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Kramer MS, Chalmers B, Hodnett ED, et al. Promotion of Breastfeeding Intervention Trial (PROBIT): A Randomized Trial in the Republic of Belarus. JAMA. 2001;285(4):413–420. doi:10.1001/jama.285.4.413
Author Affiliations: Departments of Pediatrics (Drs Kramer and Collet) and Epidemiology and Biostatistics (Drs Kramer, Shapiro, and Collet and Mr Ducruet), McGill University Faculty of Medicine, Montreal, Quebec; Centre for Research in Women's Health (Dr Chalmers), Sunnybrook and Women's College Health Sciences Centre (Dr Chalmers), and Faculty of Nursing (Dr Hodnett), University of Toronto, Toronto, Ontario; Departments of Maternal and Child Health (Drs Sevkovskaya, Mknuik, and Gluchanina) and Foreign Relations (Ms Mezen), Belarussian Ministry of Health and Belarussian Maternal and Child Health Research Institute (Drs Dzikovich, Vanilovich, Shishko, Zubovich, Dombrovskiy, Ustinovitch, Kot, and Bogdanovitch and Ms Ovchinikova), Minsk, Belarus; and the Nutrition Unit, World Health Organization Regional Office for Europe, Copenhagen, Denmark (Dr Helsing).
Context Current evidence that breastfeeding is beneficial for infant and child
health is based exclusively on observational studies. Potential sources of
bias in such studies have led to doubts about the magnitude of these health
benefits in industrialized countries.
Objective To assess the effects of breastfeeding promotion on breastfeeding duration
and exclusivity and gastrointestinal and respiratory infection and atopic
eczema among infants.
Design The Promotion of Breastfeeding Intervention Trial (PROBIT), a cluster-randomized
trial conducted June 1996–December 1997 with a 1-year follow-up.
Setting Thirty-one maternity hospitals and polyclinics in the Republic of Belarus.
Participants A total of 17 046 mother-infant pairs consisting of full-term singleton
infants weighing at least 2500 g and their healthy mothers who intended to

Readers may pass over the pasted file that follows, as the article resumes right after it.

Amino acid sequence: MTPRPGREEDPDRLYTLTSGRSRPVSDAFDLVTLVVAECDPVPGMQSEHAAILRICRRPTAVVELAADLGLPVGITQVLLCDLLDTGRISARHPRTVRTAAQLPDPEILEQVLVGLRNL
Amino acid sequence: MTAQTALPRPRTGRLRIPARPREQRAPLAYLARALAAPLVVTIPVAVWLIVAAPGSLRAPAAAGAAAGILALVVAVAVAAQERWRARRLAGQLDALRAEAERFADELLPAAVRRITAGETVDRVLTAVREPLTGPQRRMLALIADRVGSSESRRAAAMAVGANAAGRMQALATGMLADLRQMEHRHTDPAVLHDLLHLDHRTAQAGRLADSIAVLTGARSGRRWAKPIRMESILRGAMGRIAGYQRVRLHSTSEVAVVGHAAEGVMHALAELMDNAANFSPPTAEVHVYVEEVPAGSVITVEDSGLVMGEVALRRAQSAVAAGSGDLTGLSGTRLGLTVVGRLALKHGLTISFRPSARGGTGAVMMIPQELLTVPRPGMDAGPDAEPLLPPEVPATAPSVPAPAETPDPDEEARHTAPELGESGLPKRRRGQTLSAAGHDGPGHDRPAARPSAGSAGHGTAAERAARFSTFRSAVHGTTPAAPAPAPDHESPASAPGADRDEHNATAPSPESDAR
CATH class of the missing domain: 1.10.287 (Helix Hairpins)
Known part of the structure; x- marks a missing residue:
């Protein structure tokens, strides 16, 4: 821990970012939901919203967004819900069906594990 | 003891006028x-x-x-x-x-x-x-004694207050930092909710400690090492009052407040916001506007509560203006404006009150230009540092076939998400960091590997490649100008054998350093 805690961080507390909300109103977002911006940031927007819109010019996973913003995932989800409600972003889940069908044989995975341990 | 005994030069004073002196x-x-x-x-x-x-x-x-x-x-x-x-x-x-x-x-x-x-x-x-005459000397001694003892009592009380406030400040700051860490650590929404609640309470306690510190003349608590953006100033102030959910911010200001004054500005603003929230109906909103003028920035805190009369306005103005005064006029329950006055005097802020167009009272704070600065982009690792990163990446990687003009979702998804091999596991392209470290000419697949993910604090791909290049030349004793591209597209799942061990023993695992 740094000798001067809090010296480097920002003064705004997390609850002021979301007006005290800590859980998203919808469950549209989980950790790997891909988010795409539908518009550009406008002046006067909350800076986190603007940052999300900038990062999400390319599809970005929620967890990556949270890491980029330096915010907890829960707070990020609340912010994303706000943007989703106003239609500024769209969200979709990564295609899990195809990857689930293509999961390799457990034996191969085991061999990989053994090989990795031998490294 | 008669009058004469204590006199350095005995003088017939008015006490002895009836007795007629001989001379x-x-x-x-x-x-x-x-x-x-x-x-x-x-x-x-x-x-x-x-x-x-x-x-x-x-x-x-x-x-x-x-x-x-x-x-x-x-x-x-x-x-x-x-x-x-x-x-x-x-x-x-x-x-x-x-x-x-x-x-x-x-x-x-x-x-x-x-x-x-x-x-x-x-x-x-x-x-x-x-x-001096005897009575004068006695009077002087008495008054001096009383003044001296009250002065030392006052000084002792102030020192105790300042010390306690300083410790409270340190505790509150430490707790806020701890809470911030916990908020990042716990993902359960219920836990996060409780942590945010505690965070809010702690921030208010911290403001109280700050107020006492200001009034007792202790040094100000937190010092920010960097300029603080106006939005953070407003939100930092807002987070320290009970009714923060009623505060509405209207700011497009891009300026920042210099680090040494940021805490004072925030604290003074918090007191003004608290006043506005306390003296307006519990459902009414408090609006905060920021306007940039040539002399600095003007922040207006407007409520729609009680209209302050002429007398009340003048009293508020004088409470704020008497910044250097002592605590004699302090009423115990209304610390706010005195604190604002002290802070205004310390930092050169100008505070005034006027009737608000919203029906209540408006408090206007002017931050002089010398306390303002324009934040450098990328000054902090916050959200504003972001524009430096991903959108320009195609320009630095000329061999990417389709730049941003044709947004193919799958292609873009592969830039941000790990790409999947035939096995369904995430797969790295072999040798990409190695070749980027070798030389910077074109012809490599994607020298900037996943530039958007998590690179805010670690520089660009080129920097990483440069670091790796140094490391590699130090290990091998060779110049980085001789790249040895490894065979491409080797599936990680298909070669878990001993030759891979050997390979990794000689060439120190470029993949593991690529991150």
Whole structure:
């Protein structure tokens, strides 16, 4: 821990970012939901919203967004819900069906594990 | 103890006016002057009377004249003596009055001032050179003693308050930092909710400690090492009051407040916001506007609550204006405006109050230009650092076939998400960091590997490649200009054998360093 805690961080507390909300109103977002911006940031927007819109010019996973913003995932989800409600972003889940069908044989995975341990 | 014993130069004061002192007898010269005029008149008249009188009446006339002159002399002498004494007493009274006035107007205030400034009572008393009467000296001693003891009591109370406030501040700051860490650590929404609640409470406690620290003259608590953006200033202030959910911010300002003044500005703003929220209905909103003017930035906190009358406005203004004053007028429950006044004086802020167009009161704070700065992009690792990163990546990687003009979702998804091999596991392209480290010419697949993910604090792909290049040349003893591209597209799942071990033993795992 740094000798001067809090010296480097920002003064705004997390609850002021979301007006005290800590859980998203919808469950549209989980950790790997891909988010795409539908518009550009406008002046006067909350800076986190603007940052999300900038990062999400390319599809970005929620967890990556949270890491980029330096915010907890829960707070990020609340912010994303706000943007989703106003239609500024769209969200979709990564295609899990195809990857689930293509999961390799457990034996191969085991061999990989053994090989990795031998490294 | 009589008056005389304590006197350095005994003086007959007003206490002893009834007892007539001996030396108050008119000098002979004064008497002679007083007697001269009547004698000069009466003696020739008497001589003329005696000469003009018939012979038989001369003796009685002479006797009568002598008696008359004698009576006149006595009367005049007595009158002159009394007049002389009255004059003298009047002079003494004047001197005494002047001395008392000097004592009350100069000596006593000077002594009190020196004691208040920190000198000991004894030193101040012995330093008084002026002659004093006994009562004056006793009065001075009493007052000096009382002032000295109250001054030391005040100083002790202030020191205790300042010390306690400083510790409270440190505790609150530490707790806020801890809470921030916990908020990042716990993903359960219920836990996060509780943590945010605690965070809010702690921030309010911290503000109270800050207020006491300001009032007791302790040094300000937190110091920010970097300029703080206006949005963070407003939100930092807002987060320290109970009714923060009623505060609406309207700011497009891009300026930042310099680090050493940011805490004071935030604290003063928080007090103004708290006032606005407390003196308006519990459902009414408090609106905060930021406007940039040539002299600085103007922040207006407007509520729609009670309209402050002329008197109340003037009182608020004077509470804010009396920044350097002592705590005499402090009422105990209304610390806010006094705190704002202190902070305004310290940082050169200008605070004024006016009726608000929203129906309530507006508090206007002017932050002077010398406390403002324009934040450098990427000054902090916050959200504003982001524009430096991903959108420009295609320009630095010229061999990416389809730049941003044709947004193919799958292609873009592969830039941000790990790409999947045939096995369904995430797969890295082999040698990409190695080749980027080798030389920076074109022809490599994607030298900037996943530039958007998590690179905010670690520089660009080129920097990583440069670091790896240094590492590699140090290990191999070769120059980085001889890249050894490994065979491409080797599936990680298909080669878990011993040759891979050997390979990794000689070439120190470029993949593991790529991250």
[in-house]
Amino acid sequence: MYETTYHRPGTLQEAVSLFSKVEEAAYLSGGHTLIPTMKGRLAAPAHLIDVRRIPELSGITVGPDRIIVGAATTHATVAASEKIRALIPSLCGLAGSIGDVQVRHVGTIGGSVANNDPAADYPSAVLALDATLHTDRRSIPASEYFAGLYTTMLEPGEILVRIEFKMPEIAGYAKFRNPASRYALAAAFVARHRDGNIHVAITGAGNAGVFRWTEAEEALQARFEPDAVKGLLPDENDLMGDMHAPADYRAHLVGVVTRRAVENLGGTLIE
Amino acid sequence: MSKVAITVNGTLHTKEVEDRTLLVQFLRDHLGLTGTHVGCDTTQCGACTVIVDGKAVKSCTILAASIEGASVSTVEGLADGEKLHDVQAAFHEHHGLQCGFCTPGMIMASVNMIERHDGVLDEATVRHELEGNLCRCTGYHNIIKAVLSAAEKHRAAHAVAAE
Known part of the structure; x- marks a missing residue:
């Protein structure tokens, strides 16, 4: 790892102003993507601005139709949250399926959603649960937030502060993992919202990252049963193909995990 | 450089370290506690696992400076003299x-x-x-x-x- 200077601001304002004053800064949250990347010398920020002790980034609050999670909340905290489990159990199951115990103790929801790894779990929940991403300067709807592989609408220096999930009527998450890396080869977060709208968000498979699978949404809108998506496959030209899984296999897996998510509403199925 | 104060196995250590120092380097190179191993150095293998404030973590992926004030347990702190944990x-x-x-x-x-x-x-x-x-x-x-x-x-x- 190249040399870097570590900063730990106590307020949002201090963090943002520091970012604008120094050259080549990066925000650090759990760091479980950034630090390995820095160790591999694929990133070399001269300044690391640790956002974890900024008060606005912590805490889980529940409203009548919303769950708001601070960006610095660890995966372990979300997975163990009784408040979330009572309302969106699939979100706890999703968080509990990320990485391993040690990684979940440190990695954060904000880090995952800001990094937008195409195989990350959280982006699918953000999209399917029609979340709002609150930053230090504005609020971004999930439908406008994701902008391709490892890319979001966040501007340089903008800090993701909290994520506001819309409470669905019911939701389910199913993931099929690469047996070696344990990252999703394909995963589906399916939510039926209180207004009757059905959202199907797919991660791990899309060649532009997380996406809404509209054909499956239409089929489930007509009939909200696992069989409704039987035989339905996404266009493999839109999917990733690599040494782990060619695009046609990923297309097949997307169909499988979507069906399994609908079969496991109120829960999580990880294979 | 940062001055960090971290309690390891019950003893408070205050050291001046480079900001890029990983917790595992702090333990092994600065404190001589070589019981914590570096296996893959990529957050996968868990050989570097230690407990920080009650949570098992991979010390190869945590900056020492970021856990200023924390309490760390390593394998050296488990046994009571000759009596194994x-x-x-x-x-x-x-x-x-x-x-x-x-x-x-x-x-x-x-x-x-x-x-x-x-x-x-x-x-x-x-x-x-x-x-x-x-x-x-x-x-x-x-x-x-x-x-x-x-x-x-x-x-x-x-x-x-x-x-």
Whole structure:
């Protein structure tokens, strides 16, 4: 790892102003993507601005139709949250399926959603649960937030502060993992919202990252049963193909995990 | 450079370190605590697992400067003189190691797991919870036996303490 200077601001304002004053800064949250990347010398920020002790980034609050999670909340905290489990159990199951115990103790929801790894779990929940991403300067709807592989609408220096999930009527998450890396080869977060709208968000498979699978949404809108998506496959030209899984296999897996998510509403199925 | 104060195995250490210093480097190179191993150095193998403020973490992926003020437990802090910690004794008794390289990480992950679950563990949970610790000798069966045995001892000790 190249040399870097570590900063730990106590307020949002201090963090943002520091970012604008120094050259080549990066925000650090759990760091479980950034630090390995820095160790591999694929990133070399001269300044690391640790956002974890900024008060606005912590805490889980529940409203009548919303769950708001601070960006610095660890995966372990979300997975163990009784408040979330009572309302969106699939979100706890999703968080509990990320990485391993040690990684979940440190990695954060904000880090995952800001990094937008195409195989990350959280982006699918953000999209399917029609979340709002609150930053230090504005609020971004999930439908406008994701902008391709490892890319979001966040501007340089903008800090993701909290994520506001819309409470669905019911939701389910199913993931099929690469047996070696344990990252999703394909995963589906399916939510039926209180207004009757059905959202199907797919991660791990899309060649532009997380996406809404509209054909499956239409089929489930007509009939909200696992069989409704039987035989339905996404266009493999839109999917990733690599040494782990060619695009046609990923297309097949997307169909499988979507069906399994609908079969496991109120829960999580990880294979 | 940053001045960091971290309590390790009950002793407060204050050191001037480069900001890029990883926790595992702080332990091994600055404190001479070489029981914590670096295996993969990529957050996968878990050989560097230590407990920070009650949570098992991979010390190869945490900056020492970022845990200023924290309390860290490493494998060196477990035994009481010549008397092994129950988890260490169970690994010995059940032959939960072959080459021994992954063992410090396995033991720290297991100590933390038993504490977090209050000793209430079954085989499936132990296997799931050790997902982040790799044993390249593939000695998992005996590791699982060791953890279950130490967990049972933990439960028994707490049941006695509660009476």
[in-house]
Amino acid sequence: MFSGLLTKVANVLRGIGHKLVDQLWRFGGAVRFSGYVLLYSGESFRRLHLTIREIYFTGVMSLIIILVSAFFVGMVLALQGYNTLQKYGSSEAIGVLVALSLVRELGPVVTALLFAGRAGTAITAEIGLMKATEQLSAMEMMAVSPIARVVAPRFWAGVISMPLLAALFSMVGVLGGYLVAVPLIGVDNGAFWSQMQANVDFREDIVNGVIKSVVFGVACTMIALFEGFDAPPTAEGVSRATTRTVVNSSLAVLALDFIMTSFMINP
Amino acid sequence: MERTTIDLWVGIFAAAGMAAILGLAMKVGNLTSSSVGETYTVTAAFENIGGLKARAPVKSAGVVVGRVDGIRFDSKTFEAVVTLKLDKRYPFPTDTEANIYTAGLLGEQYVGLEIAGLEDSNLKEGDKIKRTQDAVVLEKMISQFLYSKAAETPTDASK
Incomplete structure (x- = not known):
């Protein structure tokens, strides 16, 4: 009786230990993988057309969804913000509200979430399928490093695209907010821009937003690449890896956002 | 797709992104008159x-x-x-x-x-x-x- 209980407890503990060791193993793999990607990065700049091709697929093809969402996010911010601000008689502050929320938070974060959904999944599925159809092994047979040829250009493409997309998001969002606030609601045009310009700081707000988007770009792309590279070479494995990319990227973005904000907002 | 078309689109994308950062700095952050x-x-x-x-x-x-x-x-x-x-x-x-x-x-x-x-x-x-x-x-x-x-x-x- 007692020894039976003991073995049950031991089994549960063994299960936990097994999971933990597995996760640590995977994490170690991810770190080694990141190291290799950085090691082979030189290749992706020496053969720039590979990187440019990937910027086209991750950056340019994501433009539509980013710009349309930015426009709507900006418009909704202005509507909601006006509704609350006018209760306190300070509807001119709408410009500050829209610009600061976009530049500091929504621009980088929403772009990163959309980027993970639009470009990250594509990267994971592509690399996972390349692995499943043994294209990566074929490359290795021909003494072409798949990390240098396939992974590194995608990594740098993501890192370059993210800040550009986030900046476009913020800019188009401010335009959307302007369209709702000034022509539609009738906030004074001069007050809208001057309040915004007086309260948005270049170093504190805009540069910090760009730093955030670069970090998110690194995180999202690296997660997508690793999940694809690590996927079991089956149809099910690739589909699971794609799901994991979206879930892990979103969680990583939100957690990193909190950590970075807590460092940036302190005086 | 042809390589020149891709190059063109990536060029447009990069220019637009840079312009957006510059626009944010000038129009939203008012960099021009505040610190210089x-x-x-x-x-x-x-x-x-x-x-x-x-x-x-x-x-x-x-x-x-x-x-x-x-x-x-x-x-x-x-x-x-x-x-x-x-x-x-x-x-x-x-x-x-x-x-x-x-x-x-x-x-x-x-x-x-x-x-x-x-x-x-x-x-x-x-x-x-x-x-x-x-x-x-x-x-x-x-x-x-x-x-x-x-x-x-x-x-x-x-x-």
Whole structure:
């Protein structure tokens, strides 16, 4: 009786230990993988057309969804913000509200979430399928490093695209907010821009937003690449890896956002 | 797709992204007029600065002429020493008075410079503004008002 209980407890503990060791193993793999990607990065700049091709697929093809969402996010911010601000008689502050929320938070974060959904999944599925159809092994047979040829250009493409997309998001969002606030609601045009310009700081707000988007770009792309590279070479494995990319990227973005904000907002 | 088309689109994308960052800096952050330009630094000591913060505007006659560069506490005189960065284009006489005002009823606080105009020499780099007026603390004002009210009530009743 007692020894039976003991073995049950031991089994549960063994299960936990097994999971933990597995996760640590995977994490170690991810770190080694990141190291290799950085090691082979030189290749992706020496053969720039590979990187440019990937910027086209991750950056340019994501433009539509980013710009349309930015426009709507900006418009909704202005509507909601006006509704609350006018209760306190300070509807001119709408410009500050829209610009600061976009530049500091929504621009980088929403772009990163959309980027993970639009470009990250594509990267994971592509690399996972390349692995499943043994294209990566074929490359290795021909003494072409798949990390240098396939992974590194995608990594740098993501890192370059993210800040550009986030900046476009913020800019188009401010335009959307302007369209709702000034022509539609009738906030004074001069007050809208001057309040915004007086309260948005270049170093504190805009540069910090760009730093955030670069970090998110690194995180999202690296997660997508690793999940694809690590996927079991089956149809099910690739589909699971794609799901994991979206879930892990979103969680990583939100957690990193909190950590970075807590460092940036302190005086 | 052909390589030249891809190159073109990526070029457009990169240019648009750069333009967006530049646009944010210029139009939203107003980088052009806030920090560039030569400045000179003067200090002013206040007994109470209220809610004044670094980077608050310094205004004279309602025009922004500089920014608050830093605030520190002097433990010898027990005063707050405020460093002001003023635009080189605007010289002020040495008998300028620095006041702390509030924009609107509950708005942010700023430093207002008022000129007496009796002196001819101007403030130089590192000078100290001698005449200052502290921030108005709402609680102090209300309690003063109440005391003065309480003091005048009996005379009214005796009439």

breastfeed, 16491 (96.7%) of which completed the entire 12 months of follow-up.
Interventions Sites were randomly assigned to receive an experimental intervention
(n = 16) modeled on the Baby-Friendly Hospital Initiative of the World Health
Organization and United Nations Children's Fund, which emphasizes health care
worker assistance with initiating and maintaining breastfeeding and lactation
and postnatal breastfeeding support, or a control intervention (n = 15) of
continuing usual infant feeding practices and policies.
Main Outcome Measures Duration of any breastfeeding, prevalence of predominant and exclusive
breastfeeding at 3 and 6 months of life and occurrence of 1 or more episodes
of gastrointestinal tract infection, 2 or more episodes of respiratory tract
infection, and atopic eczema during the first 12 months of life, compared
between the intervention and control groups.
Results Infants from the intervention sites were significantly more likely than
control infants to be breastfed to any degree at 12 months (19.7% vs 11.4%;
adjusted odds ratio [OR], 0.47; 95% confidence interval [CI], 0.32-0.69),
were more likely to be exclusively breastfed at 3 months (43.3% vs 6.4%; P<.001) and at 6 months (7.9% vs 0.6%; P = .01), and had a significant reduction in the risk of 1 or more
gastrointestinal tract infections (9.1% vs 13.2%; adjusted OR, 0.60; 95% CI,
0.40-0.91) and of atopic eczema (3.3% vs 6.3%; adjusted OR, 0.54; 95% CI,
0.31-0.95), but no significant reduction in respiratory tract infection (intervention
group, 39.2%; control group, 39.4%; adjusted OR, 0.87; 95% CI, 0.59-1.28).
Conclusions Our experimental intervention increased the duration and degree (exclusivity)
of breastfeeding and decreased the risk of gastrointestinal tract infection
and atopic eczema in the first year of life. These results provide a solid
scientific underpinning for future interventions to promote breastfeeding.
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